For as long as I can remember, I have loved goats. I love their little hooves, their teeth, their attitude… the list goes on. I think goats are super cool, and this love has manifested itself in my passion for veterinary medicine. What could be better than a career that directly involves taking care of sick goats and other livestock? Nothing!
Upon entering college, I set off down the long, winding road toward becoming a veterinarian. I looked at my major options, laid out my course schedule, and began planning.
I am a planner, and because of this, I decided fairly early on in my college career that I wanted to study abroad. I would soon find out, of course, that most people firmly believe STEM and pre-health students simply cannot go abroad.
“There are too many required classes,” they say. “Medical schools won’t accept pre-requisites from universities abroad,” they claim. “How will you get experience in a country where you can’t speak the language anyway?” they ask.
Still though, I was determined to find a way.
Pre-Vet Made Finding a Program Easier
Cultural experience and exchange were and still are very important to me. I learn things each and every day from members of my own communities, so the wealth of knowledge outside of my realm of understanding called to me like a siren’s song. I wanted, and needed, to go abroad to learn about myself and my interests.
I went into the study abroad process thinking that my country and program options would be limited.However, because of early and thorough planning, these options were significantly less limited than I’d been led to believe. In fact, being a Pre-Vet student and STEM major helped me to find the perfect program for my study abroad experience.
I ended up in an Agriculture/Pre-Vet Medicine Program at University College Dublin through IFSA-Butler, and I fell in love with my program and host country. I was able to take pre-requisite classes for vet school that my home college did not offer.
Even more importantly, I was able to gain a global perspective about my future career path.
Not So Standard
I went into my study abroad experience thinking that animal medicine was pretty much standardized across the globe. I expected that it was different in communities and countries with varied perspectives toward animals, but I did not expect that the divide between veterinary culture in Ireland and the United States would be so great.
I’d read James Herriot’s novels romanticizing animal medicine in rural Scotland, and I’d been told time and time again that the practice of a veterinarian was nothing like that in the present day. To all those who told me that true “farm” medicine doesn’t exist anymore, boy are you in for a treat!
My understanding of veterinary and animal science in Ireland was built up throughout the semester. I took fascinating classes in Animal Nutrition and Biotechnology that focused on farming practices in Ireland. I spent nearly every weekend driving past farm after farm filled with lush green grass, and I even got to apply to help with lambing at the UCD Farm (yay baby sheep!!).
Having grown up in a somewhat rural area of Southern California, I had a rough understanding of how animals were treated in agricultural settings back home. In Ireland even the dairy farming practices were incredibly different (grass fed vs. grain fed cows). Learning about these seemingly insignificant differences helped me to better understand what my future role as a veterinarian would look like at home and abroad.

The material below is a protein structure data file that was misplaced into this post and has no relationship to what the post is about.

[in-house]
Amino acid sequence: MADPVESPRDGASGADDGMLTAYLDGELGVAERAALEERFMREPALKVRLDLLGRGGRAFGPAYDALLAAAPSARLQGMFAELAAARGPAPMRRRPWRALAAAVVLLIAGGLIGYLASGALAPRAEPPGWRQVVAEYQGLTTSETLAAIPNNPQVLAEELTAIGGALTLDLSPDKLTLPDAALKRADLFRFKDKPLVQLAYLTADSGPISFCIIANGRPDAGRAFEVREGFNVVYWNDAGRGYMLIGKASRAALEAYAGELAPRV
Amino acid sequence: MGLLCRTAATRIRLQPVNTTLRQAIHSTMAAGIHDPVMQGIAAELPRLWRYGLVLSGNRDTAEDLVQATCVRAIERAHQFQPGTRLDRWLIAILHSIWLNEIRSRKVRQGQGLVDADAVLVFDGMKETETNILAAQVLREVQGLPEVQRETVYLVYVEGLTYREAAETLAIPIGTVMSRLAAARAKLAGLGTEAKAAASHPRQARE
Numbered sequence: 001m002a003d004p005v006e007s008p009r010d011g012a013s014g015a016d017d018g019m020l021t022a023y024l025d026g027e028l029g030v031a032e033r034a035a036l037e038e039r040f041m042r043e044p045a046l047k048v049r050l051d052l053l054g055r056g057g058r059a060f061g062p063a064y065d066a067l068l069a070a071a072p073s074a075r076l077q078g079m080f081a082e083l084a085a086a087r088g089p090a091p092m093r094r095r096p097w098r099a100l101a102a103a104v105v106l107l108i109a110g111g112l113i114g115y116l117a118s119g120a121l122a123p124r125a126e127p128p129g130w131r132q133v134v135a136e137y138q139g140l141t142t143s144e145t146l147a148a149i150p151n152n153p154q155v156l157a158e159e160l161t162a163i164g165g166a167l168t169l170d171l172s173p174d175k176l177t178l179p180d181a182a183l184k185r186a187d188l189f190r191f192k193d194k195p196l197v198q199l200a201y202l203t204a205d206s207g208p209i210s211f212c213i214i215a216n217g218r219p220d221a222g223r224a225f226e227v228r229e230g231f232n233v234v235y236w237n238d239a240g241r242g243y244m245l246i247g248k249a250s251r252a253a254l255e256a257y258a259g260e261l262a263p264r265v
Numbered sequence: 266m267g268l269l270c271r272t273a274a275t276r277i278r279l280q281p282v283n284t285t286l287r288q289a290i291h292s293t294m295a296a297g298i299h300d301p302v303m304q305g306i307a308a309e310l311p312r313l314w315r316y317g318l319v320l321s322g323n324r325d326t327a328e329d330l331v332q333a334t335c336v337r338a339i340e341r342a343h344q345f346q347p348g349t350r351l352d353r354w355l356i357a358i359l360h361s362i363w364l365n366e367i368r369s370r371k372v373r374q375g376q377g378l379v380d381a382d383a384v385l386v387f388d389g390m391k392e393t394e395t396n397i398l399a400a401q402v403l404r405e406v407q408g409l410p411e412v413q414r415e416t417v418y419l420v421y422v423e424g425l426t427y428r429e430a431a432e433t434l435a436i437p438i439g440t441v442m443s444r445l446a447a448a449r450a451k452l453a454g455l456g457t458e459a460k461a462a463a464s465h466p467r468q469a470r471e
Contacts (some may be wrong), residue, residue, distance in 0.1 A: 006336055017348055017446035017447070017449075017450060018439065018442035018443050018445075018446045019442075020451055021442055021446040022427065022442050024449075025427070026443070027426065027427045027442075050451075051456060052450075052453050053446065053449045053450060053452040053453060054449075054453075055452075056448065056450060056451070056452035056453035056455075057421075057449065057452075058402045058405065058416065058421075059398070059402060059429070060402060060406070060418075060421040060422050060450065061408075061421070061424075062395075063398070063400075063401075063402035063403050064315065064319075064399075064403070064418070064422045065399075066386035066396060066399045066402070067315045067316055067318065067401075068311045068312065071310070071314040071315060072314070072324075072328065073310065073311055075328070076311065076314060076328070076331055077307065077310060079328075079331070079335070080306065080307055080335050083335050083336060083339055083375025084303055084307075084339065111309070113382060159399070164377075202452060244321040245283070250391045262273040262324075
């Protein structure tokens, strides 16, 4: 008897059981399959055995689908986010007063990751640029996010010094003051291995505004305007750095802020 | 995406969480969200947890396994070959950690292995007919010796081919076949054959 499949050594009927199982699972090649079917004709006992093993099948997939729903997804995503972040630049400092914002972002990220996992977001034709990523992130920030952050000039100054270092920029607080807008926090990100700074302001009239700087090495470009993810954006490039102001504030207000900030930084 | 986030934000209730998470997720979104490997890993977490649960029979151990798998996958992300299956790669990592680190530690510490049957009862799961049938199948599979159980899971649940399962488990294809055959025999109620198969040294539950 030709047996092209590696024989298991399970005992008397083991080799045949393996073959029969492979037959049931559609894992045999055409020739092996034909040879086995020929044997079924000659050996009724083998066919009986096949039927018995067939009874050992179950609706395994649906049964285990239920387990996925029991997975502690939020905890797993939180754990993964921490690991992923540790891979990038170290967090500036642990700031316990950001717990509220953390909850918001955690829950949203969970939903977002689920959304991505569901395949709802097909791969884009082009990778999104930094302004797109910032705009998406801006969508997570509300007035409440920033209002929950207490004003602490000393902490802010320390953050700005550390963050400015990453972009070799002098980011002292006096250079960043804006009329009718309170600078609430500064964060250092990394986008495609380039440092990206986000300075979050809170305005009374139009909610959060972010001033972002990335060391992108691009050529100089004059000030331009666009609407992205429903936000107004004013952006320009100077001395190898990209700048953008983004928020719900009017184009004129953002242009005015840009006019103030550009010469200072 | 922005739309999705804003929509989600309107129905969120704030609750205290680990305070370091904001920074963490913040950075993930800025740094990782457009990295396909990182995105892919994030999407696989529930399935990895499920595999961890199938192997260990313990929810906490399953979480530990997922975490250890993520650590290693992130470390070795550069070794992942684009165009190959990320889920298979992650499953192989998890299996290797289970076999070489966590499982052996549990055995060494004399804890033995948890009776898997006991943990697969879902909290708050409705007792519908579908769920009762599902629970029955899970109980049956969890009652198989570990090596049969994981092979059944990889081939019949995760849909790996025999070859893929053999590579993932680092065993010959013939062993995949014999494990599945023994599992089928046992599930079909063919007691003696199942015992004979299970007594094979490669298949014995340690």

This cultural immersion came to an amazing conclusion when I stayed on a working sheep farm in Wicklow, Ireland during my last weekend abroad. Whilst traveling abroad, I became familiar with using resources such as Air BnB to find interesting and creative locations to explore and stay.
During my last few days in Ireland, I wanted to do as many memorable and culturally immersive things as possible, and staying with an Irish family on their working farm seemed just the way to do that.
There is nothing that can properly express the feeling of standing in the middle of a field looking around and seeing nothing but sheep literally frolicking in the grass for miles. It was a sight I had never seen before, and I felt so incredibly happy and inspired to see how a working agricultural farm could still treat its animals humanely. I could count the sheep around me because they had room to roam, unlike at home when you go to a sheep “farm” (aka factory farm) and can’t tell where one sheep ends and another begins.
This experience pushed me to work harder to change the way our animal care systems work in the US. It has encouraged me to strive to be a better vet, and not just one that fixes animals, but one who helps to fix the societal systems that animals are a part of.
My Message to Pre-Health and STEM Students
To sum it all up, I leave pre-health and STEM students with this message: STUDY ABROAD!
It is not impossible, and it is so incredibly important. Whether you think you know everything about your future career or not, know that there is always more to learn outside the borders of your home country. You will grow as a person and as a future healthcare provider, scientist, professor, or research lab manager.
Being a Pre-Vet student and STEM major helped me to find the perfect program for my study abroad experience.
If you want to change the world through science and medicine, I firmly believe that you have to see that world first. The conversations, sights, sounds, and experiences that you have abroad will teach you in ways that the internet and a classroom never will.
Your study abroad experience will be invaluable, and not only will future you thank yourself, someday the world will too.
Emily Gratke is a Science, Technology, and Society student at Scripps College and studied abroad with IFSA at University College Dublin in Ireland in 2016.